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|Mazhar v Birmingham Community Healthcare Foundation NHS Trust (2020) EWCA Civ 1377||
Mr Mazhar was removed from his home to hospital without warning by police and paramedics in the middle of the night under the High Court's inherent jurisdiction on the basis of an out-of-hours application. (1) The Trust's application for, and the granting of, the order for which there was no proper evidence and without giving Mr Mazhar the opportunity to be heard amounted to a clear breach of his Article 6 rights and was a flagrant denial of justice. (2) It was unnecessary to decide whether the inherent jurisdiction extends to the making of an order that has the effect of depriving a vulnerable adult of liberty provided the provisions of Article 5 are met. (3) The President of Family Division was invited to consider whether fresh guidance should be given to practitioners and judges about applications of this sort, and the court set out a list of seven clear lessons to be learnt.
|Re M: AB v HT (2018) EWCOP 2||
Declaration of non-marriage in English law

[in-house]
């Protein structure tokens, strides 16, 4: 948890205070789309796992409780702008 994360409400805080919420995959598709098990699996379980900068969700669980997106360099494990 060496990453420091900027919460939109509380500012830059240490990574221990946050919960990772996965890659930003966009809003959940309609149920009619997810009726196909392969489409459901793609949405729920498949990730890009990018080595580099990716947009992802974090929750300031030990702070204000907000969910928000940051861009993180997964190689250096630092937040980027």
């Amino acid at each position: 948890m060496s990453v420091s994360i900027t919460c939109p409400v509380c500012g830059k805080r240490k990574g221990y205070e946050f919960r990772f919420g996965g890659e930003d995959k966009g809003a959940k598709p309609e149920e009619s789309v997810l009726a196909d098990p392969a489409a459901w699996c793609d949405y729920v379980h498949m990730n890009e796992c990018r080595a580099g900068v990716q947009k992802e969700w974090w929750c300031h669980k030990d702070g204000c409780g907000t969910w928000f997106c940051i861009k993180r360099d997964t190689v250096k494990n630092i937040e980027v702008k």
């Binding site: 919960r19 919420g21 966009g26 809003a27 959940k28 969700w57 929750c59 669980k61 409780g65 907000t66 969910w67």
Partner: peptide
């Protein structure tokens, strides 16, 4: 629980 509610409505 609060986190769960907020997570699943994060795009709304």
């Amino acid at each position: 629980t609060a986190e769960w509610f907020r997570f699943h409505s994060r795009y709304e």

"These complex and difficult proceedings in the Court of Protection concern a 37-year-old woman, hereafter referred to as M, who (as I have found, for reasons set out below) at present lacks capacity by virtue of a combination of psychotic illness and acquired brain injury. The parties to the proceedings are the applicant, M's father, hereafter referred to as AB; her aunt, hereafter referred to as HT; the local authority for the area where HT, and currently M, live, namely the London Borough of Hammersmith and Fulham; and a man hereafter referred to as MS, with whom M went through a religious ceremony of marriage in 2013. A dispute has arisen concerning a number of issues about her past, present and future which has necessitated a lengthy and unusual fact-finding hearing. This judgment sets out my conclusions on the disputed matters of fact, together with an analysis as to her capacity, and orders made following my findings."